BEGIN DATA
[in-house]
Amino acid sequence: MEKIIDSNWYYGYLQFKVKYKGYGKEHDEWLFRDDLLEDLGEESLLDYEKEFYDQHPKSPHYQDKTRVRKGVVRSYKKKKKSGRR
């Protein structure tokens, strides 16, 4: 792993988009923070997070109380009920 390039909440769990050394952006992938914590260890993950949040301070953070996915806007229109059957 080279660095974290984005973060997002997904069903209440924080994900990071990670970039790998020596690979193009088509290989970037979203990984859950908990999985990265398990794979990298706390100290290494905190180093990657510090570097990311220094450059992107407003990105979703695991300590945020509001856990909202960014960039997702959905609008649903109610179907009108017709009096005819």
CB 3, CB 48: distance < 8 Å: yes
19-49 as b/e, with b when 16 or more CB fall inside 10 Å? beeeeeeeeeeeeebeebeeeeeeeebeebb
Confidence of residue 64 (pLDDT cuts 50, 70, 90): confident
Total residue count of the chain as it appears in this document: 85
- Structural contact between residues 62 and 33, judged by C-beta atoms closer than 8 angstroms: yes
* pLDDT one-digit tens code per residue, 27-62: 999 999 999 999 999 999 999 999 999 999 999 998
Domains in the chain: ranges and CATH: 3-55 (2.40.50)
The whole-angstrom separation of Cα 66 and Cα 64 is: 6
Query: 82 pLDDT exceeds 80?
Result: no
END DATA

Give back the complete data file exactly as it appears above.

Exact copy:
[in-house]
Amino acid sequence: MEKIIDSNWYYGYLQFKVKYKGYGKEHDEWLFRDDLLEDLGEESLLDYEKEFYDQHPKSPHYQDKTRVRKGVVRSYKKKKKSGRR
């Protein structure tokens, strides 16, 4: 792993988009923070997070109380009920 390039909440769990050394952006992938914590260890993950949040301070953070996915806007229109059957 080279660095974290984005973060997002997904069903209440924080994900990071990670970039790998020596690979193009088509290989970037979203990984859950908990999985990265398990794979990298706390100290290494905190180093990657510090570097990311220094450059992107407003990105979703695991300590945020509001856990909202960014960039997702959905609008649903109610179907009108017709009096005819």
CB 3, CB 48: distance < 8 Å: yes
19-49 as b/e, with b when 16 or more CB fall inside 10 Å? beeeeeeeeeeeeebeebeeeeeeeebeebb
Confidence of residue 64 (pLDDT cuts 50, 70, 90): confident
Total residue count of the chain as it appears in this document: 85
- Structural contact between residues 62 and 33, judged by C-beta atoms closer than 8 angstroms: yes
* pLDDT one-digit tens code per residue, 27-62: 999 999 999 999 999 999 999 999 999 999 999 998
Domains in the chain: ranges and CATH: 3-55 (2.40.50)
The whole-angstrom separation of Cα 66 and Cα 64 is: 6
Query: 82 pLDDT exceeds 80?
Result: no